In a few hours the moonlight will be on you and it will be still.
On me the moonlight will move, dappling up and down.
And before you are emptied for sleep, what are you?
You don’t know what I am, you don’t know if I am or not.
The rain begins to fall,
then eventually pour, on a road inside of
the perimeters You mapped for me
and outside of the perimeters You mapped for Yourself.
A runnel of yellow neither water nor earth swirls,
curving with the yellow road neither of earth nor water,
down the hill dissolving into a streaming mass of dark
green neither of earth nor sky.
Texts derived from
Purposeful-less-data by Roopa Vasudevan, 2020
In their influential 2012 essay “Critical Questions for Big Data”, danah boyd and Kate Crawford outline six provocations that they believe should be carefully considered by proponents of Big Data collection and analysis. Their penultimate declaration reads: “Just because it is accessible does not make it ethical” 1 . boyd and Crawford go on to argue that “[j]ust because content is publicly accessible does not mean that it was meant to be consumed by anyone”. Much in the way that we do not just intrude on others’ conversations willy-nilly when we are out in the world, boyd and Crawford maintain that we need to be discerning in our uses of data; to think about why and for what purpose it is truly necessary for us to have it.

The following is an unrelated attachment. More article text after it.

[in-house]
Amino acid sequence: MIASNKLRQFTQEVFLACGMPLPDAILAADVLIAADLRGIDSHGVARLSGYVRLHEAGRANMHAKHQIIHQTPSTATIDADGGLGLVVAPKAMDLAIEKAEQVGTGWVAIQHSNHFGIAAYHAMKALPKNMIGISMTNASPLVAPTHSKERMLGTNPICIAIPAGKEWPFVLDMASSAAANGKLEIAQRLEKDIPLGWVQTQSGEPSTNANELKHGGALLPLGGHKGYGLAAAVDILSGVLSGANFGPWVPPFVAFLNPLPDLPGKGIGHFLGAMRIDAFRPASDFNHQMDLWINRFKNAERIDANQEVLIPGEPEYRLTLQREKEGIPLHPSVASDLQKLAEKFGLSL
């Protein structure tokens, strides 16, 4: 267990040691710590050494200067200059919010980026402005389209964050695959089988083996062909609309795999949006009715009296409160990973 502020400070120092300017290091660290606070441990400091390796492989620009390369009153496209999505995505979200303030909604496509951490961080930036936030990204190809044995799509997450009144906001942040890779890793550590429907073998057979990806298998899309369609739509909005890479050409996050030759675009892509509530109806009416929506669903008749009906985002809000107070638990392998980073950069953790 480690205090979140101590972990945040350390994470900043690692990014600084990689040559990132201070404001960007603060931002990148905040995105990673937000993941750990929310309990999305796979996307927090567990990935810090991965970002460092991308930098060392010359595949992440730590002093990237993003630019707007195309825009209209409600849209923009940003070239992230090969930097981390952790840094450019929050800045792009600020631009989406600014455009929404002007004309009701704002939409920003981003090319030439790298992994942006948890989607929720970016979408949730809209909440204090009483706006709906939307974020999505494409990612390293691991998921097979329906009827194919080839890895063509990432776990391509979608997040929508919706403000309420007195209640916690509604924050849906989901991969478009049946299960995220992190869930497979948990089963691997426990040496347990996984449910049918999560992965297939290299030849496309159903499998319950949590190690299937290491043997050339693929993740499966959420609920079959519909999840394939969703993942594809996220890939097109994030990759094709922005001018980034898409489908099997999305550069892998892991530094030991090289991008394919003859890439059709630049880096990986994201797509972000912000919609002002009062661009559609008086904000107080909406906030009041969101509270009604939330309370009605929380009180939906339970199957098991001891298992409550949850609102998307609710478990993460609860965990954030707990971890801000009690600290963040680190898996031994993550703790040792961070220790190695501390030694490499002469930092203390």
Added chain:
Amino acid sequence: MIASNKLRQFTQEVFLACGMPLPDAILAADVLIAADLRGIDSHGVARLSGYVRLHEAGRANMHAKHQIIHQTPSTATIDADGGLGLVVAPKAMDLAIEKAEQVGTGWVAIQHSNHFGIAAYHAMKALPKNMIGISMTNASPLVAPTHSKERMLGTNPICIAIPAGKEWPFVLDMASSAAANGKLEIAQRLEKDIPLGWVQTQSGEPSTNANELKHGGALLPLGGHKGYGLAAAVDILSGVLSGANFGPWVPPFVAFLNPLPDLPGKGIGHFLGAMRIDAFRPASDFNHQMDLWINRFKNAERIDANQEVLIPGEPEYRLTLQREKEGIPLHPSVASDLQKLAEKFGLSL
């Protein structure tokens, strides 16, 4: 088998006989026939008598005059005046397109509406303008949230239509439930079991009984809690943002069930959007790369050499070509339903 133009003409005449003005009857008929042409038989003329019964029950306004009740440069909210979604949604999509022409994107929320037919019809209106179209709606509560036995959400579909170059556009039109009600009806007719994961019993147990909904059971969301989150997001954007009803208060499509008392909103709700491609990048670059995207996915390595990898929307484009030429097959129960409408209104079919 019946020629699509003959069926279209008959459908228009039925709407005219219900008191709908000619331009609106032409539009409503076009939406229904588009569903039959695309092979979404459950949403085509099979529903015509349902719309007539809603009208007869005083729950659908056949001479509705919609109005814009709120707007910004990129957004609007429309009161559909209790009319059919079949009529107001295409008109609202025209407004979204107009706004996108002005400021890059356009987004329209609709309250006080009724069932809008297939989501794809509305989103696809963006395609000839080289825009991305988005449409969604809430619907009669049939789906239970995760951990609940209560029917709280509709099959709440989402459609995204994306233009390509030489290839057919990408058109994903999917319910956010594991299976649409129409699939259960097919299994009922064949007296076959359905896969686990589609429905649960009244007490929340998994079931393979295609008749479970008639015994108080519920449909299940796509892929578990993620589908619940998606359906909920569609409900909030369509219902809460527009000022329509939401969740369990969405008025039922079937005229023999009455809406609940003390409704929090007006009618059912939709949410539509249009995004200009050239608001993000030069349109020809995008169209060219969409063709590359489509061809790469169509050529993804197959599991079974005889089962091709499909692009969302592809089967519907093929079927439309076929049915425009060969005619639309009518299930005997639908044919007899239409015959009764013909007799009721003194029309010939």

Access, intent, and collection for the sake of collection—these impulses underlie the rise of what Shoshana Zuboff has famously termed “surveillance capitalism”: the commodification of
our information and identities to satiate the profit-driven, capitalist machine 2 . Your information is constantly collected and used, the argument goes, to the point that there does not even need to be a reason to do so anymore. Zuboff, along with other scholars and thinkers critically examining the effects of data and technology on society, argues that the drive to collect data, regardless of whether or not there is a purpose for it, underpins and shapes the way that technology has evolved over time, and ultimately motivates the development of unjust, biased, and discriminatory systems. Categorizing, flattening, and sorting becomes easier when we are reduced to aggregate clicks, likes and form fields, but the whole can never simply be the sum of its parts. These processes destroy the ineffable and unquantifiable aspects of our humanexperiences, and heighten and reinforce binaries, boundaries and divisions that serve to highlight and over-emphasize the ways in which those experiences differ.
Drawing from a saying by scholar Geoffrey Bowker, Lisa Gitelman and Virginia Jackson argued in 2013 3 that “raw data is an oxymoron”, that data are always produced out of specific historical contexts and motivations. In light of Zuboff’s claims, that rings even more true now than it did then. We are in an age, as Zuboff says, where private life is now primarily considered “raw material”, the star to which economic development has hitched its wagon. Data is collected by corporations and institutions with clear motives and interests in obtaining it, and no one is exempt from the powerful, panoptic gaze of the technological machine. If we leave the trails, the argument goes, sooner or later they will be followed, mined for their value, and sold to the highest bidder.